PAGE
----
Title: The Punisher
Publisher: Capcom, Marvel Entertainment
Developer: Capcom (Sculptured Software)
Release Date: 1993
With the buzz surrounding the Punisher’s arrival on the sophomore season of Daredevil, I thought it might be a good time to revisit Capcom’s arcade brawler featuring everyone’s favourite hard-nosed vigilante.
Released in 1993, The Punisher was famously the first co-operative venture between Capcom and Marvel Entertainment, a partnership that continues to release crossover titles to this day. Bearing all the hallmarks of Capcom’s rich beat-em-up history, the game is a side-scrolling brawler in the mould of Final Fight, which allows players to play on their own or co-operatively as either Frank Castle or Nick Fury. The action takes place over six levels, culminating in a final showdown with The Kingpin to end his reign of terror in New York City.
Capcom were very clearly at the top of the tree in regard to arcade beat-em-ups in the ‘90s, and this title is perhaps the pinnacle of their achievements in the genre. There is a certain feel and style to these games that is instantly recognisable, and The Punisher is no different, coming with Capcom’s trademark lightning fast, smooth-scrolling action, impressively detailed sprites, and simple, but effective control system. Essentially, you’re playing the same games re-skinned, but it’s the attention to character detail, creative move sets, and jaw-dropping volume of pick-ups that change the mechanics just enough to create a familiar but fresh playing experience.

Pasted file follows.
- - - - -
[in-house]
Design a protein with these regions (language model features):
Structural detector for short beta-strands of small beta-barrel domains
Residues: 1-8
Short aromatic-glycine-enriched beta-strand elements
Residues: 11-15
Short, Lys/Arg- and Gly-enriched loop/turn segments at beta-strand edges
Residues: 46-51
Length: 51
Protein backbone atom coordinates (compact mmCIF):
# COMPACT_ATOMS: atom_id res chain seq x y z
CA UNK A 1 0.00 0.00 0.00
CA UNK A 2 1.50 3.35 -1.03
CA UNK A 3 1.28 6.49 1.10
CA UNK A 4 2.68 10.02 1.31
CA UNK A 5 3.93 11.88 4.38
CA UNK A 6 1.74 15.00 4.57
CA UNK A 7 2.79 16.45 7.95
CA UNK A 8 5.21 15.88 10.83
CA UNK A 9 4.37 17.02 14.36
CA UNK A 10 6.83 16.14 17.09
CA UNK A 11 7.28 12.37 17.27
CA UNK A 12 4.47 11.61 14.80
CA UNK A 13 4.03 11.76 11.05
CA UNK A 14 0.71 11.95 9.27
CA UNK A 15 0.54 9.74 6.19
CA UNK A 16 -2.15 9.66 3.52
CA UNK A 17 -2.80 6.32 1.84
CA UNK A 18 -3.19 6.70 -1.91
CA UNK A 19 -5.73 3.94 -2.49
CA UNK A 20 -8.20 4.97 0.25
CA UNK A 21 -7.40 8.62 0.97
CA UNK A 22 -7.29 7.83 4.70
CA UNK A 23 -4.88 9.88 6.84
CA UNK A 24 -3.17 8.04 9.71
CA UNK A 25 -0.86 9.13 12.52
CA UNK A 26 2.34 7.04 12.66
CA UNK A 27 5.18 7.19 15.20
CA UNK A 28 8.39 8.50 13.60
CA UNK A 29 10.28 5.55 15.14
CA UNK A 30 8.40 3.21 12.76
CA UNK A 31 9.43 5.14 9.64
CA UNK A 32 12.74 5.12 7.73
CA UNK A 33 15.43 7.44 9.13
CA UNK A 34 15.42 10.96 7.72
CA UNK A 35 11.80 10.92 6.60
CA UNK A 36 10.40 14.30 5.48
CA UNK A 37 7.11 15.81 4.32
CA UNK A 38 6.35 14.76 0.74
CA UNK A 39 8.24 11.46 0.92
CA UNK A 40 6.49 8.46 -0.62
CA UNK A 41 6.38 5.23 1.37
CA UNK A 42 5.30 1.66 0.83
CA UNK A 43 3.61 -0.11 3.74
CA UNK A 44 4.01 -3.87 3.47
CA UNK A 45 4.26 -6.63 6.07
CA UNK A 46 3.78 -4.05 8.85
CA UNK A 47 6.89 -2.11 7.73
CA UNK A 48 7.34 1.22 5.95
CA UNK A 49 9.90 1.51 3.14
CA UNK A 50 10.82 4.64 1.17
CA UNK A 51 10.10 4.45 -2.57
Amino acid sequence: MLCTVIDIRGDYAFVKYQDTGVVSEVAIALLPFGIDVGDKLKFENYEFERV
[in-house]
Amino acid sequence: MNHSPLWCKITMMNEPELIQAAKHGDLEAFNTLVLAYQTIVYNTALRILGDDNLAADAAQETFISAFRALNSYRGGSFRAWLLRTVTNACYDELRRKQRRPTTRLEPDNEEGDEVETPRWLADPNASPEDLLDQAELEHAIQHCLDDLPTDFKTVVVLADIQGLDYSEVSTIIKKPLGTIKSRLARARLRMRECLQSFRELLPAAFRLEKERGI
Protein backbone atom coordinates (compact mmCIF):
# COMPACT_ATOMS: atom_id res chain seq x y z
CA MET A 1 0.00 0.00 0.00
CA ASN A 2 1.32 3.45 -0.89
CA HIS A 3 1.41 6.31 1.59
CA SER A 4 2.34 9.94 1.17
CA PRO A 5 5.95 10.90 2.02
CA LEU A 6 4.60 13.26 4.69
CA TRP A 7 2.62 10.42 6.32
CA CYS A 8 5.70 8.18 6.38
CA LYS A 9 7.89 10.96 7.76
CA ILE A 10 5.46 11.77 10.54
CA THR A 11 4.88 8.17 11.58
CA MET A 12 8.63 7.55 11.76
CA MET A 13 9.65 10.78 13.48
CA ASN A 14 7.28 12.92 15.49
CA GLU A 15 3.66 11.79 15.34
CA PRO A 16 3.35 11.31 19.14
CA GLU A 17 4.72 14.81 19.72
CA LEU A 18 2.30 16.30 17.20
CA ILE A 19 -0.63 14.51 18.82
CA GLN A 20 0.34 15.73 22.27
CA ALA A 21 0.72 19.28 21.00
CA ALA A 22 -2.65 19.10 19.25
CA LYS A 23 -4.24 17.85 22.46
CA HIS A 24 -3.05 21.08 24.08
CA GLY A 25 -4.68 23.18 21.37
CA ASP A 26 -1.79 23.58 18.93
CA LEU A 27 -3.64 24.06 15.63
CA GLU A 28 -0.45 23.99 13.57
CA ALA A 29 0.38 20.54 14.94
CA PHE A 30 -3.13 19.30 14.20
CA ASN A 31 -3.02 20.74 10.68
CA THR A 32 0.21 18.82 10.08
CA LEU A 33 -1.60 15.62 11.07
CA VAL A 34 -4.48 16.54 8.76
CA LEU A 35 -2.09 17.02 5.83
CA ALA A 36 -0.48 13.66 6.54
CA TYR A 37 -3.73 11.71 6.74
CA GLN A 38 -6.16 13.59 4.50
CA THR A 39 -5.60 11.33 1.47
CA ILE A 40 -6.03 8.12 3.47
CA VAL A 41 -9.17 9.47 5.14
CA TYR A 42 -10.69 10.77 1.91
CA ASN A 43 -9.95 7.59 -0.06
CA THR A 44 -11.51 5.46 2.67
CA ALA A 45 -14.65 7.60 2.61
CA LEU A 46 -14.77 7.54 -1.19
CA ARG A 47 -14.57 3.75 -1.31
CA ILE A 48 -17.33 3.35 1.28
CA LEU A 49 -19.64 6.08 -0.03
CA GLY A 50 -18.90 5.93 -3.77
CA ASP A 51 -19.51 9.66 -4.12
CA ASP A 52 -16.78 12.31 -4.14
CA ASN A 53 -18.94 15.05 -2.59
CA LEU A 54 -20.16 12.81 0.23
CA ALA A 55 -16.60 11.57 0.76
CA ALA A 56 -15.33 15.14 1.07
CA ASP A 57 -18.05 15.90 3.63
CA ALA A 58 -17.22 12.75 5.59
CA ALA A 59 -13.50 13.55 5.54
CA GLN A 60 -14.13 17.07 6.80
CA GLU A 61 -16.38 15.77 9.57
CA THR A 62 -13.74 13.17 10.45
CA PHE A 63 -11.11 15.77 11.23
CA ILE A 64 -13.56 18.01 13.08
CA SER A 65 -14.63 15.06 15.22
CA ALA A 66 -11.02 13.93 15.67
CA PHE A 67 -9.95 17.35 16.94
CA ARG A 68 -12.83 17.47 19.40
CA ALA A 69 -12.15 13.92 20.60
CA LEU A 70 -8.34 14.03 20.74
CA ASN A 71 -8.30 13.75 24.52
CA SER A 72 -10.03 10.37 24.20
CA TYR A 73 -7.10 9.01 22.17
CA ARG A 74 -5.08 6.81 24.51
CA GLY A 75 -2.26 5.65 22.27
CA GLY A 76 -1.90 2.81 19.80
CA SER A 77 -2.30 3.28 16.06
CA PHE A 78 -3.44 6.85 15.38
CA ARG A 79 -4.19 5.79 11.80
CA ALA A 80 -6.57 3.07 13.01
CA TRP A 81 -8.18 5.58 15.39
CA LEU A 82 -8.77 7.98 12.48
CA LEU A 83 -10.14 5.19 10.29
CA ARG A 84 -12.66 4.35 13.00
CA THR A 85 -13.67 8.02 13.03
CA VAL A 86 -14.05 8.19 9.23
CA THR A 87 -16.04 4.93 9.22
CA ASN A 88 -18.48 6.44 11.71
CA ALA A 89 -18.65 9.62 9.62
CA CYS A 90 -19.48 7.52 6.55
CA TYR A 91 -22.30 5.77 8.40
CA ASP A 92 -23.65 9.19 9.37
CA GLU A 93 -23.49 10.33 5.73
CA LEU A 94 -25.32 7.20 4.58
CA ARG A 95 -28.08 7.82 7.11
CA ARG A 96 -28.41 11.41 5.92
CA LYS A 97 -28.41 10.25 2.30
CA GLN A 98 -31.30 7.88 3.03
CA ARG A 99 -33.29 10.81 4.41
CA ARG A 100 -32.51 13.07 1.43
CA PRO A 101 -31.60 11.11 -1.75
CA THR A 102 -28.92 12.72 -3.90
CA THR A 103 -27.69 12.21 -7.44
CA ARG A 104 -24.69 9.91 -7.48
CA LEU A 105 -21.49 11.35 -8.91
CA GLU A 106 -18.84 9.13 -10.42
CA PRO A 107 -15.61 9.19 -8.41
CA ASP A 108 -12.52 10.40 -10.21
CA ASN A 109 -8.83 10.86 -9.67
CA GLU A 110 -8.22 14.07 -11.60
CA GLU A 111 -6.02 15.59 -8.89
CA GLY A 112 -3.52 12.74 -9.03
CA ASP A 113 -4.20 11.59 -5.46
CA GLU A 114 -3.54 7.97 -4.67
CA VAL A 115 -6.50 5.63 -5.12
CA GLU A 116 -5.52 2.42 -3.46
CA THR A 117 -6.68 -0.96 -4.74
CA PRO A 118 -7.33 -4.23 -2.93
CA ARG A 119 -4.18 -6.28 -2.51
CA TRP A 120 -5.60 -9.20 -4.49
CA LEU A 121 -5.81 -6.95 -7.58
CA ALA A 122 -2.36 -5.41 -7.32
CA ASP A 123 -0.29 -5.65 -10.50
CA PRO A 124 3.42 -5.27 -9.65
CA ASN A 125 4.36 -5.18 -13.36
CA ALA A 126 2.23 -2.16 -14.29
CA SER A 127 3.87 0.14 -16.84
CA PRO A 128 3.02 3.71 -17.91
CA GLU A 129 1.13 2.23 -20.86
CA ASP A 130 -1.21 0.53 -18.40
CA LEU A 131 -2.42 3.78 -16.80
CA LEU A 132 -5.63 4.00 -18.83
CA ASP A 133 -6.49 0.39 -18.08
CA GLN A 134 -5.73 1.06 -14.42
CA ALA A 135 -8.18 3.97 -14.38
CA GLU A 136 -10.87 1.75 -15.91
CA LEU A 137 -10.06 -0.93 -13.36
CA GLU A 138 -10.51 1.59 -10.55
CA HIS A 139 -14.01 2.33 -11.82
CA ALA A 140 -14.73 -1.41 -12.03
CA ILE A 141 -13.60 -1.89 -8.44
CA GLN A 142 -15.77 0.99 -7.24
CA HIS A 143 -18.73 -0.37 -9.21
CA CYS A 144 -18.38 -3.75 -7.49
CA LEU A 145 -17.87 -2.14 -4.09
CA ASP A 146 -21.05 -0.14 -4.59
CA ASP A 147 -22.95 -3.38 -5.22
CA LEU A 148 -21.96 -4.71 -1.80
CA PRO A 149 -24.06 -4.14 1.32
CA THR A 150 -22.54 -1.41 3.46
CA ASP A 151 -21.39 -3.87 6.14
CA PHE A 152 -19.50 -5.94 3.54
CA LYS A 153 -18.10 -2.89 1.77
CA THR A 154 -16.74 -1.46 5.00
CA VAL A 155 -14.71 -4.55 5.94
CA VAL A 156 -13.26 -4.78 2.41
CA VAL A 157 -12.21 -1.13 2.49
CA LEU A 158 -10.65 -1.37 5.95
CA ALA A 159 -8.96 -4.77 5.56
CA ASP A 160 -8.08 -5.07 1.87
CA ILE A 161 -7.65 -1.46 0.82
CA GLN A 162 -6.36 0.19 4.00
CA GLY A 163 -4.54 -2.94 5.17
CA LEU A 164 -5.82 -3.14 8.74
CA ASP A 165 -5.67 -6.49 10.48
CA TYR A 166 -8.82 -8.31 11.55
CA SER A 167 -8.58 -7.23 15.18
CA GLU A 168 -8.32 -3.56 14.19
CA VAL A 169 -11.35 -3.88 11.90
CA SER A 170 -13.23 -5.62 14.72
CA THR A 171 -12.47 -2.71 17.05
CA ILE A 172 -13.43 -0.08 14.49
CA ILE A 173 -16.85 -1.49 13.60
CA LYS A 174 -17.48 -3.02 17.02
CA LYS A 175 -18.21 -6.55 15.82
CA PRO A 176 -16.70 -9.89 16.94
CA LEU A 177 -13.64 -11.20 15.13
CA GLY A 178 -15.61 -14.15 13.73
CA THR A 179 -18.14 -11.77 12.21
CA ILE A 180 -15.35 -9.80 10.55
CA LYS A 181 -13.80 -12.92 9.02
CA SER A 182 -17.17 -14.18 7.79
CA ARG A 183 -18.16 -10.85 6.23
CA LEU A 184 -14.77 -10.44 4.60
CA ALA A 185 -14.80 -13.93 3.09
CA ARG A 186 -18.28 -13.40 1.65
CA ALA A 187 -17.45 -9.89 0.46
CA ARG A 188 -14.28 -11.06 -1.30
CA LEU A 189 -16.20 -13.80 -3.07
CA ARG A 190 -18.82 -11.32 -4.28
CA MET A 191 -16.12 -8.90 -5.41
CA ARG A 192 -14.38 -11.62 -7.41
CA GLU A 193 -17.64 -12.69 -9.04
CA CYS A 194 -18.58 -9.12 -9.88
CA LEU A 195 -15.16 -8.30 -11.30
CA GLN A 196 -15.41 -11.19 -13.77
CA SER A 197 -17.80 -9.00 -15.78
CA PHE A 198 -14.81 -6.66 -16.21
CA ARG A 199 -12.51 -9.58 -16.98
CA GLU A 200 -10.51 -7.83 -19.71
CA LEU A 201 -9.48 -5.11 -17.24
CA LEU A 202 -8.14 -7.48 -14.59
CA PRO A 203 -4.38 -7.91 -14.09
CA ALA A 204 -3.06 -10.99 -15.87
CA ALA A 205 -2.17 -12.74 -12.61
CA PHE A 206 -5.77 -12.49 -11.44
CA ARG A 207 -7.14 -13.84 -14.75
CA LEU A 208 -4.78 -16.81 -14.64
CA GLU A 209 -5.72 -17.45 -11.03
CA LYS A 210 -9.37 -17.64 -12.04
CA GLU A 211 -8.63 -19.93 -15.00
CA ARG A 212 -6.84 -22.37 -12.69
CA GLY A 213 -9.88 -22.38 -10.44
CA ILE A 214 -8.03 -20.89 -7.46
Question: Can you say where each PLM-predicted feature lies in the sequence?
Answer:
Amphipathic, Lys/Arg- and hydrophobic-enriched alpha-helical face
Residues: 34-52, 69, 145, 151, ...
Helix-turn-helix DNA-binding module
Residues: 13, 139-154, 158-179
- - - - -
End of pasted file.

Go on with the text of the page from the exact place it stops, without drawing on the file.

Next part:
Visually, the game is stunning, featuring large, beautifully smooth animations with not a hint of slow-down, even when the screen is absolutely swamped with enemies. The main Punisher sprite is everything the comicbook character should be, powerful, quick, and built like the side of a house. His basic move-set is a series of punches, kicks and jumping attacks, with a bone-crunching roundhouse kick flourish that’s a joy to deliver. A 360 degree sweep acts as a close range ‘smart-bomb’ to clear nearby enemies, and can activated by pushing both buttons simultaneously.
Where the game elevates itself, though, is in the legion weapon pickups the character has at his disposal. A range of machine guns, pistols, swords, bats, knifes, flamethrowers, etc., can be used to take down large groups of enemies at once, and there is grenade that can dropped when jumping to clear the immediate area. Elements of the background can also be used to bludgeon enemies, such as chairs, barrels, and boxes, each of which has a counter to inform the player how many uses the item has left.
A number of lower level villains appear throughout the game, including Scully, Bonebreaker, Bushwacker, and the Punisher’s arch-nemesis, Jigsaw, who appears just before the final showdown. The climactic battle is everything you’d expect, and Wilson Fisk is a massive, suitably awe-inspiring sprite, and difficult boss to break. Seasoned Capcom aficionados will likely make light work of him and the game as a whole, but it should provide a stern test of finger speed and co-ordination for less experienced or casual players.
Quite simply, The Punisher is one of the finest brawlers from the golden period of the genre, being both stunning to look at, and an absolute dream to play; well, as long as your dream involves inflicting pain and death on a bunch of bad guys in a variety of ways.
The Writer of this piece was: Martin Doyle
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